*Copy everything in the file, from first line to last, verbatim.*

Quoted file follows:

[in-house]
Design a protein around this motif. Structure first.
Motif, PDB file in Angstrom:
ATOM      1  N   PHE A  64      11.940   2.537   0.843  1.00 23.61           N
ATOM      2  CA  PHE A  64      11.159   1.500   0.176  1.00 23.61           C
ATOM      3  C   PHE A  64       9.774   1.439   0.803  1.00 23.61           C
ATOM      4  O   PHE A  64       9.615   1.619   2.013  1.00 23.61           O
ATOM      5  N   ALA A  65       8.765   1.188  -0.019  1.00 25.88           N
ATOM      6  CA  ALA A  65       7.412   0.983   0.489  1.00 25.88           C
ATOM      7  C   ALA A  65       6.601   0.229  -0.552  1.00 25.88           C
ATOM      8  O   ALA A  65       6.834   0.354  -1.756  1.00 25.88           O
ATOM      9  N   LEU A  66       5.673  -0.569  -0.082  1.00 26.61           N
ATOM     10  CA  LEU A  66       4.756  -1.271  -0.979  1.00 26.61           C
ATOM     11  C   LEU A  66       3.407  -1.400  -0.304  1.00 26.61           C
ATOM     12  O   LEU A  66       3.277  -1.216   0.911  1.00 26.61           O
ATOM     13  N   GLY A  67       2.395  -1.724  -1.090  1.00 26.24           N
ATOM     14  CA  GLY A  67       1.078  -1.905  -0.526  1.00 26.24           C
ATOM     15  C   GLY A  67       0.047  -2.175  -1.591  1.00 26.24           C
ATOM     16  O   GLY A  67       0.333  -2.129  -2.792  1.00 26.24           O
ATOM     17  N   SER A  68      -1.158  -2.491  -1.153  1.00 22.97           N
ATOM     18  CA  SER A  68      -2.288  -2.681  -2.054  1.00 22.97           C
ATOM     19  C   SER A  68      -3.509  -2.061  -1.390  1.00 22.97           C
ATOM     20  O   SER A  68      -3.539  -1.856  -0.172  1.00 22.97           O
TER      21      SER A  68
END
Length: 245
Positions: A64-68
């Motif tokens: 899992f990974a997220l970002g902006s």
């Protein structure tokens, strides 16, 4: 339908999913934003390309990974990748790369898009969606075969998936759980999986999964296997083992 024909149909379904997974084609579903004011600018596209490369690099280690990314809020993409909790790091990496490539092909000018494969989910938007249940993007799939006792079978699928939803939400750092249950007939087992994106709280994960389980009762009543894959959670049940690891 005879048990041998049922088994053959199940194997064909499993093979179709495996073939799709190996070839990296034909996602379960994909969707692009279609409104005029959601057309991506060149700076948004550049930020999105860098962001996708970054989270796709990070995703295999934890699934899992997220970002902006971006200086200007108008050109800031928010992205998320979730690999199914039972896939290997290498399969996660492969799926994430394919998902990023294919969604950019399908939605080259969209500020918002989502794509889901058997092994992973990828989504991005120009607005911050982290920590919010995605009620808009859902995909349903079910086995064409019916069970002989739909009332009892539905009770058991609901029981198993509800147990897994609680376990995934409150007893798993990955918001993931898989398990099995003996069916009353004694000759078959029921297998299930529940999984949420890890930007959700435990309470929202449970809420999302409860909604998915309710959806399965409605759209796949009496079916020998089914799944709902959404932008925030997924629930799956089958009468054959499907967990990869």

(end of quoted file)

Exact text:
[in-house]
Design a protein around this motif. Structure first.
Motif, PDB file in Angstrom:
ATOM      1  N   PHE A  64      11.940   2.537   0.843  1.00 23.61           N
ATOM      2  CA  PHE A  64      11.159   1.500   0.176  1.00 23.61           C
ATOM      3  C   PHE A  64       9.774   1.439   0.803  1.00 23.61           C
ATOM      4  O   PHE A  64       9.615   1.619   2.013  1.00 23.61           O
ATOM      5  N   ALA A  65       8.765   1.188  -0.019  1.00 25.88           N
ATOM      6  CA  ALA A  65       7.412   0.983   0.489  1.00 25.88           C
ATOM      7  C   ALA A  65       6.601   0.229  -0.552  1.00 25.88           C
ATOM      8  O   ALA A  65       6.834   0.354  -1.756  1.00 25.88           O
ATOM      9  N   LEU A  66       5.673  -0.569  -0.082  1.00 26.61           N
ATOM     10  CA  LEU A  66       4.756  -1.271  -0.979  1.00 26.61           C
ATOM     11  C   LEU A  66       3.407  -1.400  -0.304  1.00 26.61           C
ATOM     12  O   LEU A  66       3.277  -1.216   0.911  1.00 26.61           O
ATOM     13  N   GLY A  67       2.395  -1.724  -1.090  1.00 26.24           N
ATOM     14  CA  GLY A  67       1.078  -1.905  -0.526  1.00 26.24           C
ATOM     15  C   GLY A  67       0.047  -2.175  -1.591  1.00 26.24           C
ATOM     16  O   GLY A  67       0.333  -2.129  -2.792  1.00 26.24           O
ATOM     17  N   SER A  68      -1.158  -2.491  -1.153  1.00 22.97           N
ATOM     18  CA  SER A  68      -2.288  -2.681  -2.054  1.00 22.97           C
ATOM     19  C   SER A  68      -3.509  -2.061  -1.390  1.00 22.97           C
ATOM     20  O   SER A  68      -3.539  -1.856  -0.172  1.00 22.97           O
TER      21      SER A  68
END
Length: 245
Positions: A64-68
């Motif tokens: 899992f990974a997220l970002g902006s």
């Protein structure tokens, strides 16, 4: 339908999913934003390309990974990748790369898009969606075969998936759980999986999964296997083992 024909149909379904997974084609579903004011600018596209490369690099280690990314809020993409909790790091990496490539092909000018494969989910938007249940993007799939006792079978699928939803939400750092249950007939087992994106709280994960389980009762009543894959959670049940690891 005879048990041998049922088994053959199940194997064909499993093979179709495996073939799709190996070839990296034909996602379960994909969707692009279609409104005029959601057309991506060149700076948004550049930020999105860098962001996708970054989270796709990070995703295999934890699934899992997220970002902006971006200086200007108008050109800031928010992205998320979730690999199914039972896939290997290498399969996660492969799926994430394919998902990023294919969604950019399908939605080259969209500020918002989502794509889901058997092994992973990828989504991005120009607005911050982290920590919010995605009620808009859902995909349903079910086995064409019916069970002989739909009332009892539905009770058991609901029981198993509800147990897994609680376990995934409150007893798993990955918001993931898989398990099995003996069916009353004694000759078959029921297998299930529940999984949420890890930007959700435990309470929202449970809420999302409860909604998915309710959806399965409605759209796949009496079916020998089914799944709902959404932008925030997924629930799956089958009468054959499907967990990869």